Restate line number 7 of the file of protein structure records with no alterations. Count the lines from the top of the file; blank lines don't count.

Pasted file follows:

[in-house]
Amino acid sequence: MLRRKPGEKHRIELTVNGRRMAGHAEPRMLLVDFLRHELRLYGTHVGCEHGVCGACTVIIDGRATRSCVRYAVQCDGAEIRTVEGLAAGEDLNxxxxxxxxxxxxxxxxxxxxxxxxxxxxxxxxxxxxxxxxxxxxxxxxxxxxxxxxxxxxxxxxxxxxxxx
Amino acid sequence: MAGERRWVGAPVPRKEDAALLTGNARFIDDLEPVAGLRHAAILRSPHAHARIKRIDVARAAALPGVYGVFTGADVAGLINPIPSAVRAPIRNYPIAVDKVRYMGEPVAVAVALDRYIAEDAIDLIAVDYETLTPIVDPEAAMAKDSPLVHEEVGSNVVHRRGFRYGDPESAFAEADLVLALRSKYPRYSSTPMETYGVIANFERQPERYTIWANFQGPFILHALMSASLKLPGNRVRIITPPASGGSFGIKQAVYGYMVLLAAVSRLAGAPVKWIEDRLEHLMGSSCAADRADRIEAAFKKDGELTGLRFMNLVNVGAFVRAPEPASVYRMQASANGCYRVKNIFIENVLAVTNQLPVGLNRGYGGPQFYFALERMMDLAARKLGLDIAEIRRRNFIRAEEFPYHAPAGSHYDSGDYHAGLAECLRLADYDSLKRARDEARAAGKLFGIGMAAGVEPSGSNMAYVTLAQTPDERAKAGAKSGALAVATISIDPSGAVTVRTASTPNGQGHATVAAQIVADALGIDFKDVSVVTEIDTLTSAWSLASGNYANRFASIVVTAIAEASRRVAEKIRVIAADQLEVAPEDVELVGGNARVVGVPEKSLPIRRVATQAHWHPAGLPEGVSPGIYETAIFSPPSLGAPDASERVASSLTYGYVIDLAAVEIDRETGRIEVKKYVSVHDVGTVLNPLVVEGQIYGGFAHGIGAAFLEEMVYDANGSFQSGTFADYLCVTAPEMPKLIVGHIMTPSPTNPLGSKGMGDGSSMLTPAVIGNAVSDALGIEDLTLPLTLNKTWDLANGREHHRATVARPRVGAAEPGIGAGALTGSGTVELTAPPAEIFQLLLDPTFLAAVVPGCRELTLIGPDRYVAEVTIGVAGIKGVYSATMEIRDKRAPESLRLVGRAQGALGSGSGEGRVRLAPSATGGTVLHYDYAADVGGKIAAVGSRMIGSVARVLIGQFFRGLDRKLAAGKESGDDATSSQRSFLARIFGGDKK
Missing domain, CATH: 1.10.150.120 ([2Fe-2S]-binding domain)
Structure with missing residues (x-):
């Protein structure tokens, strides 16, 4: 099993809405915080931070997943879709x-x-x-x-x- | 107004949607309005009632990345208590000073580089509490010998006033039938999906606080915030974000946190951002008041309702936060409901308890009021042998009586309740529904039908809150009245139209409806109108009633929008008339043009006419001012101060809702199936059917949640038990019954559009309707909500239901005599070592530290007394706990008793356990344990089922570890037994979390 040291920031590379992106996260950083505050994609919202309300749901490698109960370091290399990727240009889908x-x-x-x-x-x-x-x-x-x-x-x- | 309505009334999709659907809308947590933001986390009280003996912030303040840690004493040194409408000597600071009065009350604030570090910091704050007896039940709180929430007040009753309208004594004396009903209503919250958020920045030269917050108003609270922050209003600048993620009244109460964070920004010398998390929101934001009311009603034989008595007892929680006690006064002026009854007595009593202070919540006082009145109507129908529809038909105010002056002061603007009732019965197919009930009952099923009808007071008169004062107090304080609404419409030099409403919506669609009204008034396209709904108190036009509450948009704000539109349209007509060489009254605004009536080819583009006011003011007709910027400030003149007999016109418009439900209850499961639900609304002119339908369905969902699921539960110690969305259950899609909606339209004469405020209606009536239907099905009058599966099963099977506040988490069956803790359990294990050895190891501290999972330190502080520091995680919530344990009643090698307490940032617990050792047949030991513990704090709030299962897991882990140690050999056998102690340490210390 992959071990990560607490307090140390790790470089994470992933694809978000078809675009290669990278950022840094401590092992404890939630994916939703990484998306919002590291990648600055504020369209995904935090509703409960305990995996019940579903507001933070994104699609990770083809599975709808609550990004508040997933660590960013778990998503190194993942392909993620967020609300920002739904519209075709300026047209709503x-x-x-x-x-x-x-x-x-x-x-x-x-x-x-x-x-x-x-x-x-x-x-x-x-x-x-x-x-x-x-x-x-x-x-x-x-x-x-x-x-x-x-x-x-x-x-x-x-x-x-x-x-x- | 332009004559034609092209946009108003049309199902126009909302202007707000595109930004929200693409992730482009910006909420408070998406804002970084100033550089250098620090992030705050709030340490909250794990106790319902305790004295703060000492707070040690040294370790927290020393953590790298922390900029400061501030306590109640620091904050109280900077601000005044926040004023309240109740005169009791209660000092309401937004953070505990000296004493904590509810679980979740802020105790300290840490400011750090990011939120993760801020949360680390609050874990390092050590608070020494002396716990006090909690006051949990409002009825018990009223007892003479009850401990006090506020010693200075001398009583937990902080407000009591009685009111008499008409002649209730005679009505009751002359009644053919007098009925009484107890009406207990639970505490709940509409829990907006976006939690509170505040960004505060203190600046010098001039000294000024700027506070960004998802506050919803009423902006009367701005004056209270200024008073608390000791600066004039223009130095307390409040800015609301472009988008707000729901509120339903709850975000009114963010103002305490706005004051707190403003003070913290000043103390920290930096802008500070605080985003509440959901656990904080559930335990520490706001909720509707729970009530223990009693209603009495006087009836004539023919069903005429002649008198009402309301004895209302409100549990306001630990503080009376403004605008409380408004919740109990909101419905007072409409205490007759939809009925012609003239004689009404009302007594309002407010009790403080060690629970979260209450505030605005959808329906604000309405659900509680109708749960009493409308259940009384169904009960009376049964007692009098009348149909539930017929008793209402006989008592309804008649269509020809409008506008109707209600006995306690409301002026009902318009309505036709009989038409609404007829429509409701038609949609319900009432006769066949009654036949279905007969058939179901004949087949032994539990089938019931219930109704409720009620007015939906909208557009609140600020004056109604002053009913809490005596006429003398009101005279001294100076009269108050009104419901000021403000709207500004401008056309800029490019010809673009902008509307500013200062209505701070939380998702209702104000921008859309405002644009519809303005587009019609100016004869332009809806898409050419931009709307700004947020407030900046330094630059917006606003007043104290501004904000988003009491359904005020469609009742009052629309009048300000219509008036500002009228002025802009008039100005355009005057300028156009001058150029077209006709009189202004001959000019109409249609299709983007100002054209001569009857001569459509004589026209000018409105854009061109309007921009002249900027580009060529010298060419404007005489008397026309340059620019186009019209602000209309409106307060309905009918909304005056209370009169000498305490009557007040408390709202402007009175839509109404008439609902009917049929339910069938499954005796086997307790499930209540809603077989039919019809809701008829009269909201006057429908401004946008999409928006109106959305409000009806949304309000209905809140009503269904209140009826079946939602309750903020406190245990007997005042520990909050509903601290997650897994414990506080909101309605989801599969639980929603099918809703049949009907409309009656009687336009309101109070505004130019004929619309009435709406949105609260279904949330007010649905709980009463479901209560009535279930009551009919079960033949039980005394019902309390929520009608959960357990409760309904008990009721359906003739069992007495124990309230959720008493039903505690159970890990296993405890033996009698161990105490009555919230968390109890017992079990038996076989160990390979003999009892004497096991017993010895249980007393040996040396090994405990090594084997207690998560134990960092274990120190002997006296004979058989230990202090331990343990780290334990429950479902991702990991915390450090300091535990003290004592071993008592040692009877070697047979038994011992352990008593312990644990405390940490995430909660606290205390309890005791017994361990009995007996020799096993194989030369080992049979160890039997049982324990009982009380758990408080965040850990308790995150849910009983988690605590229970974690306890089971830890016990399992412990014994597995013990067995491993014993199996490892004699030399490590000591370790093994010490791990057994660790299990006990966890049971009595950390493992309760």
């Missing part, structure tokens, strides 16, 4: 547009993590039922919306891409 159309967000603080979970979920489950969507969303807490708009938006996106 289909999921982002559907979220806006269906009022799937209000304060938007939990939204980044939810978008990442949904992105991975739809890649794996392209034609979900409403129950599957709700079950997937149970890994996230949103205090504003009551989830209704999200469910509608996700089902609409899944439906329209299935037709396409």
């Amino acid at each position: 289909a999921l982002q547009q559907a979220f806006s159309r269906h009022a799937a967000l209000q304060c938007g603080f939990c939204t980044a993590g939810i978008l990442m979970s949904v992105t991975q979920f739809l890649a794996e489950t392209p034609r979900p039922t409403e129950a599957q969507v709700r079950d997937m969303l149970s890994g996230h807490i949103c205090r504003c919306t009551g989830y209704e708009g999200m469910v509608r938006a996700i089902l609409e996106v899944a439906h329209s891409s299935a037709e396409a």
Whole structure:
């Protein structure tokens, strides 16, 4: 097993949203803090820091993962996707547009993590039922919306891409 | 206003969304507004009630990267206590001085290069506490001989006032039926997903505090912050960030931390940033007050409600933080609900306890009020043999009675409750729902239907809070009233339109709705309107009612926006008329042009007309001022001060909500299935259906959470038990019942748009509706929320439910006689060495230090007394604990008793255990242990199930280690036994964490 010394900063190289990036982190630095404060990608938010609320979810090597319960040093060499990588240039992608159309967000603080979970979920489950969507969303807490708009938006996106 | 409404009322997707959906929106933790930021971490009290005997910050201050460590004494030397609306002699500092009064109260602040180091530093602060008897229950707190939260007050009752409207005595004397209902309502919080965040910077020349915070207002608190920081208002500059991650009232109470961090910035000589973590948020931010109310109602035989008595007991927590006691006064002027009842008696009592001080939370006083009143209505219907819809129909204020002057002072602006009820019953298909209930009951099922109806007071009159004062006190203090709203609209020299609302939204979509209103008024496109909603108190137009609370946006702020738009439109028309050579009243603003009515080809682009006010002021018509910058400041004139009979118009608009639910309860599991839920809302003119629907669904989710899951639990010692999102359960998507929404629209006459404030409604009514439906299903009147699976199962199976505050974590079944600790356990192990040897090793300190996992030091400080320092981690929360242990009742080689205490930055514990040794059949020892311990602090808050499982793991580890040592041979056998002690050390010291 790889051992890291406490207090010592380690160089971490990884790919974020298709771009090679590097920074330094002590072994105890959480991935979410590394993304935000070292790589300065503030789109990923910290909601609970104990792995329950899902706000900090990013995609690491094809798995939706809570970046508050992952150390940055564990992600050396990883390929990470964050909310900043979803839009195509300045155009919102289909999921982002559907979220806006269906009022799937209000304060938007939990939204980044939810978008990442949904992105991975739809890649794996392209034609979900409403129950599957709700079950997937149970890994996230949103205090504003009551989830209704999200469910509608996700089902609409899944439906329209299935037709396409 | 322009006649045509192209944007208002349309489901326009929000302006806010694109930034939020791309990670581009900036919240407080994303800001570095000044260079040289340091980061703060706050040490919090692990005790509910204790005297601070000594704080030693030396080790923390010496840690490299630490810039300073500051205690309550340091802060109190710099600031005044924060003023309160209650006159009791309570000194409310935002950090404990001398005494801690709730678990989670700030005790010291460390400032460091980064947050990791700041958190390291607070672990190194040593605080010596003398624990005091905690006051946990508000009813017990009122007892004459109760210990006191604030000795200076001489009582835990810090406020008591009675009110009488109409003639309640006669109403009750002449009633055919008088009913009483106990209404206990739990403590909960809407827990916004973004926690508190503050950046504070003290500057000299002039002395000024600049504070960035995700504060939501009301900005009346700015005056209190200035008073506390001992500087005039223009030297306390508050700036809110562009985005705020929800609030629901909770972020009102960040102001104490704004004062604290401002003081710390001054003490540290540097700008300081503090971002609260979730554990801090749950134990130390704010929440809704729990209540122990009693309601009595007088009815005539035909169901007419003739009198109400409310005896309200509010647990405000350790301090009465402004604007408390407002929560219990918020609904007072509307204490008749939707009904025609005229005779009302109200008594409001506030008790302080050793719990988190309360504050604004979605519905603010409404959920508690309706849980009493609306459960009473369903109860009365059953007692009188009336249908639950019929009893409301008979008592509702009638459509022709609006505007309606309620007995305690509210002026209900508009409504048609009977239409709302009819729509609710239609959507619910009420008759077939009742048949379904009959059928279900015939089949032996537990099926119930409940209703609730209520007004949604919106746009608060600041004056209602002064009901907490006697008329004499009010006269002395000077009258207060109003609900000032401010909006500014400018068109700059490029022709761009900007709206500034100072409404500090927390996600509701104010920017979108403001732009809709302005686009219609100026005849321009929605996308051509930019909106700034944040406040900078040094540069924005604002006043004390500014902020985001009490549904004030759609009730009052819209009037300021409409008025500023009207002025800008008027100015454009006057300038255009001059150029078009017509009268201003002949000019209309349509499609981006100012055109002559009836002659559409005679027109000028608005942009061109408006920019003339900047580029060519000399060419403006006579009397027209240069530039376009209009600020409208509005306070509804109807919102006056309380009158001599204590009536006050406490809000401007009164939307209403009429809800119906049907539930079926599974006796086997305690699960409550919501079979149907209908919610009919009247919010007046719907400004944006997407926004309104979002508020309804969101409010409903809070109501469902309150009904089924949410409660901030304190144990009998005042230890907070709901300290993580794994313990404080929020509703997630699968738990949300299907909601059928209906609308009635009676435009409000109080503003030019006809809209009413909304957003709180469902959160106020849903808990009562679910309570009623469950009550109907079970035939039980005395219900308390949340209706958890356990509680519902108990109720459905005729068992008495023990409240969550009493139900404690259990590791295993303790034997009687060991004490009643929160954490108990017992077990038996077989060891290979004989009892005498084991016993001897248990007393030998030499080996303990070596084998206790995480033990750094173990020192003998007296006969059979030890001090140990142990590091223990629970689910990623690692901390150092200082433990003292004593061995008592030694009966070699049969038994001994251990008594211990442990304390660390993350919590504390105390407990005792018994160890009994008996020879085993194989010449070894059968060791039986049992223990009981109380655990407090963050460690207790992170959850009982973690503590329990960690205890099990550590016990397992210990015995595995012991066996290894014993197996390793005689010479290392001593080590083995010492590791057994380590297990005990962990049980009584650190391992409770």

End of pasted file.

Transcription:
């Missing part, structure tokens, strides 16, 4: 547009993590039922919306891409 159309967000603080979970979920489950969507969303807490708009938006996106 289909999921982002559907979220806006269906009022799937209000304060938007939990939204980044939810978008990442949904992105991975739809890649794996392209034609979900409403129950599957709700079950997937149970890994996230949103205090504003009551989830209704999200469910509608996700089902609409899944439906329209299935037709396409």